Detective Ulrey testified that he would have "shut down
the interview and walked out." After this exchange,
Detective Ulrey started going over the SUIDI form, which
"is a standard form given to [police] by the State
[that] . . . the medical examiner uses . . . in their
investigation, during the autopsy." Detective Ulrey
acknowledged that the Defendant did not finish filling out
the SUIDI form but explained that Ms. Denny, as the
victim's primary caretaker, completed a SUIDI form with
Defendant was given water and a restroom break during the
interview at the SOU. Detective Ulrey walked the Defendant to
the restroom because it was "a secure area . . . they
require us to just escort [the public] at least to the
bathroom." He did not enter the restroom with the
Defendant but waited outside. Detective Ulrey agreed that he
"had a fair amount of information about the death of the
[victim]" even prior to the Defendant's restroom
break, and Detective Ulrey did not "think there had been
any other adults present" at the Defendant's
apartment based on the information he had. After Detective
Ulrey walked the Defendant back to the interview room, he
went and spoke with Detective Ewing, who had just returned to
the SOU from the hospital. Detective Ewing showed Detective
Ulrey photographs of the victim at the hospital, including
the bruising on her body. Detective Ulrey returned to the
interview room after speaking with Detective Ewing. The
Defendant "was still being very cooperative, so . . . we
just still had [a] conversation during the course of the
Ulrey affirmed that "at some point" during the
interview, the Defendant explained that he had sent Ms. Denny
test messages "to explain what had happened." The
Defendant gave his consent for Detective Ulrey to look at the
text messages on his cell phone, and the Defendant "even
gave [Detective Ulrey] his unlock code for the phone."
Detective Ulrey stated that he was also able to view the text
messages on Ms. Denny's cell phone.
speaking with the Defendant, Detective Ulrey "made the
decision that [he] had enough probable cause to arrest [the
Defendant.]" Detective Ulrey stated that he made the
decision to arrest the Defendant after he "demonstrated
striking his child and the force that he hit [the interview
room] table and then also the way he described squeezing his
child and the relevance of the bruises . . . from his hands
onto that child[.]" Detective Ulrey testified that the
entire length of his interview with the Defendant was
"maybe an hour, an hour and a half," including the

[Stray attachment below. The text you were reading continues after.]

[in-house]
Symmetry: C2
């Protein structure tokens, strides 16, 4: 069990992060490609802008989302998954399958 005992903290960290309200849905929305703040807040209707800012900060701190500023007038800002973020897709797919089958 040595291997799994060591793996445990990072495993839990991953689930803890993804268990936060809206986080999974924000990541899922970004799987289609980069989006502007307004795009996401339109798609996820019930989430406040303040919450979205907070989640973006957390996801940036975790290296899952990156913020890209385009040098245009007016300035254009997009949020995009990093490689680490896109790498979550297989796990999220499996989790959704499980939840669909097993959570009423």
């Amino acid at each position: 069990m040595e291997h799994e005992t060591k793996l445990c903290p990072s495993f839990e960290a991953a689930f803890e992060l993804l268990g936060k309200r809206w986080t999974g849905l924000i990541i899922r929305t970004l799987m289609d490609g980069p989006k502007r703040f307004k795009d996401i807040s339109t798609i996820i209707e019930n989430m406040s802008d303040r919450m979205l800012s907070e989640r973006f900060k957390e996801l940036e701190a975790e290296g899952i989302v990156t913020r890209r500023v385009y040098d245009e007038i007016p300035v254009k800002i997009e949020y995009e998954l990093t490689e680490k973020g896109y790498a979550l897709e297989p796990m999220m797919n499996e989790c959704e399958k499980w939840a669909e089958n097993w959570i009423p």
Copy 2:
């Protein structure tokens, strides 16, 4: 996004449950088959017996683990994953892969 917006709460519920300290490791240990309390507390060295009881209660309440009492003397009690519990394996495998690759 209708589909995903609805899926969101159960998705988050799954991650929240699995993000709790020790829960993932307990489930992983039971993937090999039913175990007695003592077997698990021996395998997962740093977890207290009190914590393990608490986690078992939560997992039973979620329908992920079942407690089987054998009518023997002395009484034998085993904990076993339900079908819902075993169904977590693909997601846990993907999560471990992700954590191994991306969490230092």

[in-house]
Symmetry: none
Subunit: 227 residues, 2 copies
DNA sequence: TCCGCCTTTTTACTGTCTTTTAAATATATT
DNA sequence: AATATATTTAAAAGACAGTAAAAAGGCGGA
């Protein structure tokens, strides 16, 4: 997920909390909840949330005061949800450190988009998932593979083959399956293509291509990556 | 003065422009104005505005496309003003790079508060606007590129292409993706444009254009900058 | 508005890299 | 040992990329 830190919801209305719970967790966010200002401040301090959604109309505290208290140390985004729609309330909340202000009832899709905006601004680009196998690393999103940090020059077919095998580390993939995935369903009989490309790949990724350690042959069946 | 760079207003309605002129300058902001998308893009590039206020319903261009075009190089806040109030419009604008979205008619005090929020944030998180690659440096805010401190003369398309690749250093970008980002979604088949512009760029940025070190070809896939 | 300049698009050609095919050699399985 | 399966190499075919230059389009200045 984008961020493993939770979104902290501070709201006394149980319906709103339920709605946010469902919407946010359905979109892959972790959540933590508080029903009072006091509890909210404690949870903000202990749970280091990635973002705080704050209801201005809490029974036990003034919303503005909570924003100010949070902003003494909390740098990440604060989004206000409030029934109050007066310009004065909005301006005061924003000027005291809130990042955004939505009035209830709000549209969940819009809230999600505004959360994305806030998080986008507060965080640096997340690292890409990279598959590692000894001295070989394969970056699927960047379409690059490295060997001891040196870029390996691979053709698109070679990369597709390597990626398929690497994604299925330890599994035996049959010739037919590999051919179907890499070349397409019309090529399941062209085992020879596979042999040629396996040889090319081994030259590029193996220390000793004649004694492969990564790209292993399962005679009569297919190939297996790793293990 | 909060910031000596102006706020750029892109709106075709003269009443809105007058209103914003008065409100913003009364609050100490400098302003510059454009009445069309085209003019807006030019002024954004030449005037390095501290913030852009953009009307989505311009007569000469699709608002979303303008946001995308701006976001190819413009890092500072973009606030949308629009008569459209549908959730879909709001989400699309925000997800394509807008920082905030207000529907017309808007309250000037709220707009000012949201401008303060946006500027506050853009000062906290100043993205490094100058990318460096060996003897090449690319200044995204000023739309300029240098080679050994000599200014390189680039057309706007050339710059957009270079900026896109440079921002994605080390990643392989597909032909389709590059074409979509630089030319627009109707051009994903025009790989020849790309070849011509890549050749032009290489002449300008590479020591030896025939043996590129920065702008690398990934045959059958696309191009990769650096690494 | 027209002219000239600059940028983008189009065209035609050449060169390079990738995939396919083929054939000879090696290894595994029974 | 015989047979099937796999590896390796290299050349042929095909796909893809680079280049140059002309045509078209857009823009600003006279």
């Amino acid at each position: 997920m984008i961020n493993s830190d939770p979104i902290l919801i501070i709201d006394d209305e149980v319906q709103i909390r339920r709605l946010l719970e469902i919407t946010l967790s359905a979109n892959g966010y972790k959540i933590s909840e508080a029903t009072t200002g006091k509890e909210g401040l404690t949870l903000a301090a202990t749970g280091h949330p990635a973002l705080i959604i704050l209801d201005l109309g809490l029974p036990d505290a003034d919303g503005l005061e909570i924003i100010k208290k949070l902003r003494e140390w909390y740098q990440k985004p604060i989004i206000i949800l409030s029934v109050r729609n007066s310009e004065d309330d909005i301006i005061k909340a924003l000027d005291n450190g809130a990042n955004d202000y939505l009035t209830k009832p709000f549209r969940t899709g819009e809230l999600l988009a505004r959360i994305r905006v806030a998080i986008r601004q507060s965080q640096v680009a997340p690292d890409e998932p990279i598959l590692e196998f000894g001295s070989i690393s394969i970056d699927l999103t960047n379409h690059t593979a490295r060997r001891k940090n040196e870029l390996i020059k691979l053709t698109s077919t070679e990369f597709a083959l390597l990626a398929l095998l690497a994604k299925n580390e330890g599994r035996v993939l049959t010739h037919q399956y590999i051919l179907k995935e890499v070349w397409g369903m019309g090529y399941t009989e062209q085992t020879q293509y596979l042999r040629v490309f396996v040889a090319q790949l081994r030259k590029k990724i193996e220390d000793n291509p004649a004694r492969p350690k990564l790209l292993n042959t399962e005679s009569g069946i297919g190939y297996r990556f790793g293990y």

restroom break and the discussion about the Miranda
waiver and other forms. Following the interview, Detective
Ulrey spoke with the Defendant's wife, Rebecca Denny, who
had been speaking with Detective Ewing. Detective Ulrey
allowed Ms. Denny to go into the interview room to speak with
cross-examination, Detective Ulrey affirmed that when he
arrived at the Defendant's apartment, he did not have
"reasonable suspicion to detain" the Defendant and
"would have had no reason to stop him" if he
decided to leave his apartment. Detective Ulrey acknowledged
that he was carrying his weapon and that the Defendant knew
that he was an investigator when the Defendant agreed to go
to the SOU to give a statement. He also thought that the
Defendant learned of the victim's death before Detective
Ulrey arrived at his apartment. Detective Ulrey testified
that after receiving the call from Detective Ewing regarding
the victim's bruises, he had "reasonable suspicion
to detain [the Defendant, ]" and the Defendant was
therefore not free to leave during the minutes between the
Defendant sitting in the interview room alone and the start
of the interview. Detective Ulrey rejected the assertion that
he interviewed the Defendant "with the intention of
getting a confession[.]"
the discussion about the Miranda waiver, Detective
Ulrey testified on cross-examination that he "wanted to
clarify whether [the Defendant] was actually asking for an
attorney" after the Defendant mentioned his father's
girlfriend. He further explained that "as [he] was
trying to clarify with [the Defendant], [the Defendant]
actually interrupt[ed] [Detective Ulrey] and sa[id] no, no,
no, I want to continue." Detective Ulrey testified that
after hearing the Defendant's first explanation of what
had happened, he did not believe the Defendant's
assertion that the bruising on the victim's body had
occurred when she fell on her toys, and he agreed that he did
not have probable cause to arrest the Defendant at that
point. The decision that there was probable cause to arrest
the Defendant came from "a conglomeration" of the
Defendant "slam[ing] [the interview room] table
demonstrating he hit her or hitting [her] twice in the
abdomen," or when the Defendant "did some type of
crazy Heimlich maneuver by compressing her insides or when we
figured out that bruis[es] on her back were consistent with
where his fingers would be while he was squeezing her."